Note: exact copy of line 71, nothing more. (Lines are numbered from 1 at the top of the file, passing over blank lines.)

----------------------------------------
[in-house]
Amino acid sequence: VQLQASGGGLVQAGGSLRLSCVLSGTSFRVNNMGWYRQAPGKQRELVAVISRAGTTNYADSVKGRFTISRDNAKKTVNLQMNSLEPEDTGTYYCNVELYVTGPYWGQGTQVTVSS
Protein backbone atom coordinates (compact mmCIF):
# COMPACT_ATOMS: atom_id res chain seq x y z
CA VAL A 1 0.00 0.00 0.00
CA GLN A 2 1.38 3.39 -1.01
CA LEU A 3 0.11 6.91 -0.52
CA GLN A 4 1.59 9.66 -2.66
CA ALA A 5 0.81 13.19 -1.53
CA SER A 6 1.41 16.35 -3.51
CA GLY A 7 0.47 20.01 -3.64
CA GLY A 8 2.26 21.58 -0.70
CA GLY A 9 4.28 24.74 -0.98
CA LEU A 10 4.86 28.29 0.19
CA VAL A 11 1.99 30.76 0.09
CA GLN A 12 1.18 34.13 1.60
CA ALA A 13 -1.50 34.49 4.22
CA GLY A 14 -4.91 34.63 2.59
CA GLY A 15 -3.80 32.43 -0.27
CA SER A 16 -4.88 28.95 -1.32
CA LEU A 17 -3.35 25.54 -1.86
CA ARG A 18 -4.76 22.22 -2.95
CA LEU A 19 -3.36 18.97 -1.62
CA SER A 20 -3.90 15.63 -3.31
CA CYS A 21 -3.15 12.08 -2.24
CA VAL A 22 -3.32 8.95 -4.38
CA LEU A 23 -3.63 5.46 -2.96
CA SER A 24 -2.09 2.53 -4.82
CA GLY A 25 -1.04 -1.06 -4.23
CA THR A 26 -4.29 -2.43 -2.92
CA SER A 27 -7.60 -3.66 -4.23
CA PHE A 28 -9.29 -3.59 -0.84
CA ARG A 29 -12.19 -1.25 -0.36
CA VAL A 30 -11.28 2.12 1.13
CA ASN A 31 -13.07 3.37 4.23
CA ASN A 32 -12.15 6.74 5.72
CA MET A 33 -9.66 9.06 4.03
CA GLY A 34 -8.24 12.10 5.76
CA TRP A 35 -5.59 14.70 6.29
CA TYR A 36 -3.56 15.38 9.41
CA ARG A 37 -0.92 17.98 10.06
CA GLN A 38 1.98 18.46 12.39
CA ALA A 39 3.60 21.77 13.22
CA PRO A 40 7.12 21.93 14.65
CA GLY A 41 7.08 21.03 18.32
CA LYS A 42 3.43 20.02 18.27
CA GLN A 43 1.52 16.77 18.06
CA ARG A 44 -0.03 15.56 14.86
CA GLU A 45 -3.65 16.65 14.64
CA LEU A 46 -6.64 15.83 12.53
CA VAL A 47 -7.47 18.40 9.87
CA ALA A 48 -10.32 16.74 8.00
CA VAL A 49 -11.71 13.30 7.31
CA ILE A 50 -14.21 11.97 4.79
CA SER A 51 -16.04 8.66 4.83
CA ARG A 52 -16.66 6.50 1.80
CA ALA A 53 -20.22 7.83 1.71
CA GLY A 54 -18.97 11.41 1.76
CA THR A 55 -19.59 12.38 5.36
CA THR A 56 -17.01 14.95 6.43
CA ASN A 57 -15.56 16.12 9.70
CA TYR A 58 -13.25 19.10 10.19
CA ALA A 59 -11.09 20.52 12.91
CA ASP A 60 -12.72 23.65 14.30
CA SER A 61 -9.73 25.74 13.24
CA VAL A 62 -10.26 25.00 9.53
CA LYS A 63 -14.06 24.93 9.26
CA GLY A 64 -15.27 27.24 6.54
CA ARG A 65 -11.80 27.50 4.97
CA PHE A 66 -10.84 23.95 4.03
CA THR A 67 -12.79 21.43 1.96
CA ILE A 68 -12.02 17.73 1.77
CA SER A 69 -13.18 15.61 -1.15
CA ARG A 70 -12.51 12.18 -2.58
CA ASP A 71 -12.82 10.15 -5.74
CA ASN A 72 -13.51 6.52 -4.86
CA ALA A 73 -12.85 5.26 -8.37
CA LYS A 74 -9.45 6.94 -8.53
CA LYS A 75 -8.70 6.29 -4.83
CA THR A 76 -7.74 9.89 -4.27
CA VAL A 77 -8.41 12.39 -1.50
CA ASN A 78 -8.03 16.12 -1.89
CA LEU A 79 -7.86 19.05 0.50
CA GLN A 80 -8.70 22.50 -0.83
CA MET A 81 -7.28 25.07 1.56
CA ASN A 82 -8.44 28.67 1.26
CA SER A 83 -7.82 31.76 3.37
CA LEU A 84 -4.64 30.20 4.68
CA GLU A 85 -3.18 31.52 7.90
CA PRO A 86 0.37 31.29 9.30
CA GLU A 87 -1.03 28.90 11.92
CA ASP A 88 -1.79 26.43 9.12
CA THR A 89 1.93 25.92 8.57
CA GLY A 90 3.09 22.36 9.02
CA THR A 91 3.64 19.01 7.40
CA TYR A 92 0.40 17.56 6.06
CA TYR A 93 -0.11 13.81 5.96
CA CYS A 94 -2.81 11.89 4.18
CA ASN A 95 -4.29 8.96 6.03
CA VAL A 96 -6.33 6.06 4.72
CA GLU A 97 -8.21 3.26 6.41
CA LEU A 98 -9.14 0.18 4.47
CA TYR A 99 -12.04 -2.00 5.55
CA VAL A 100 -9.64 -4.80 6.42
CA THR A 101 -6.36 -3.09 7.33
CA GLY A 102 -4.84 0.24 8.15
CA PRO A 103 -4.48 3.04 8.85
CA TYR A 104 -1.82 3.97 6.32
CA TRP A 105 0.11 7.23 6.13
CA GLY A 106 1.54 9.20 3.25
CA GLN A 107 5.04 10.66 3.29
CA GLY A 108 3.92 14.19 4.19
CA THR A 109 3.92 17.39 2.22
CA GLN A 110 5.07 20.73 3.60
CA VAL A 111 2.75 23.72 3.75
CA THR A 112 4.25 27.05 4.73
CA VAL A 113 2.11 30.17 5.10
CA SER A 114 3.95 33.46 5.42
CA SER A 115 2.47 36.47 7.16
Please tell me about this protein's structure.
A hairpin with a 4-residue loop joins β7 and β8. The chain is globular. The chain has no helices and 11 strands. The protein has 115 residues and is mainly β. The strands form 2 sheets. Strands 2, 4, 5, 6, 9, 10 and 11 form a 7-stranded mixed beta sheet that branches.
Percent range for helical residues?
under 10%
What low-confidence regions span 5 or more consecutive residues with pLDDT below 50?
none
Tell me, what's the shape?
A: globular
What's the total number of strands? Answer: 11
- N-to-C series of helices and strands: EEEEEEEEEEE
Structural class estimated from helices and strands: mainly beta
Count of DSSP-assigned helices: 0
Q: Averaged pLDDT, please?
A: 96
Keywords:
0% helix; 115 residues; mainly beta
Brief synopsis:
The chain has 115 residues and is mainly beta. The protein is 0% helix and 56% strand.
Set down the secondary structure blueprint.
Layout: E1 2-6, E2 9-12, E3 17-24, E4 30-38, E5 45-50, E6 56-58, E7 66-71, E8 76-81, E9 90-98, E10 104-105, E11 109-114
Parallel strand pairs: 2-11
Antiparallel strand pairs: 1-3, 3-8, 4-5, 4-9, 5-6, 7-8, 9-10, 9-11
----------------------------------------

CA THR A 67 -12.79 21.43 1.96